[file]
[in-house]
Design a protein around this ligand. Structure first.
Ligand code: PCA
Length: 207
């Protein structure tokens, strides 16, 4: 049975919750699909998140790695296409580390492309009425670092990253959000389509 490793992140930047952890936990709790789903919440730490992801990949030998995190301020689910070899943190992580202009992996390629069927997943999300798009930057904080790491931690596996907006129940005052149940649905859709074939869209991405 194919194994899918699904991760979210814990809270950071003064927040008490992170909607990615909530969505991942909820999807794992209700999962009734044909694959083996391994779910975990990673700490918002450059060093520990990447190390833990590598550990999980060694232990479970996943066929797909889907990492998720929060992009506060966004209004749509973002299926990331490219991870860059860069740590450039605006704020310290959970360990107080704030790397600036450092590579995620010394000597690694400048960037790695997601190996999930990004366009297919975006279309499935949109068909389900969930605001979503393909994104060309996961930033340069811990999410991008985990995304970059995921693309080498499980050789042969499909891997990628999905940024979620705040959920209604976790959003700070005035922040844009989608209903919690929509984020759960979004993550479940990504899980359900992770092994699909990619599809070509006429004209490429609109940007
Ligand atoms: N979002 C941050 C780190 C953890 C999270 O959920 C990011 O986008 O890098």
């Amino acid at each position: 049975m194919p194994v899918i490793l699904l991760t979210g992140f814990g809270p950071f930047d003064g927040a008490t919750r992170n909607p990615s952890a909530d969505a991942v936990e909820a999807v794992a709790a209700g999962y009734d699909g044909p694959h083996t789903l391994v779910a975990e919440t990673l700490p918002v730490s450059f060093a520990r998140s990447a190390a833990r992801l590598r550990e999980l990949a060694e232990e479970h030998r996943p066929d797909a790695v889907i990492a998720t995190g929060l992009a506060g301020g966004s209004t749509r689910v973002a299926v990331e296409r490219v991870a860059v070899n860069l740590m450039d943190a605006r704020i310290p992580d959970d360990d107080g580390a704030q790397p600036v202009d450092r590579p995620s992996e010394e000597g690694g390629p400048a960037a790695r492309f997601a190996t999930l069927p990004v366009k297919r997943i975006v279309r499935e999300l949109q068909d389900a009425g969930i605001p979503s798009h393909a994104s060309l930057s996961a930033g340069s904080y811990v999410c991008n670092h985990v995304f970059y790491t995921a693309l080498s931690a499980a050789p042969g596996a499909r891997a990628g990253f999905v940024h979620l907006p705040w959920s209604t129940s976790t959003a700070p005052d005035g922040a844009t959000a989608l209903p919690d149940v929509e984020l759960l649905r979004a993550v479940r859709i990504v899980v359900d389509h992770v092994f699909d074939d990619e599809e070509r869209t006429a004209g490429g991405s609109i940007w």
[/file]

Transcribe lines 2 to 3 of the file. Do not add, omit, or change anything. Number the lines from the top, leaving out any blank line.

Design a protein around this ligand. Structure first.
Ligand code: PCA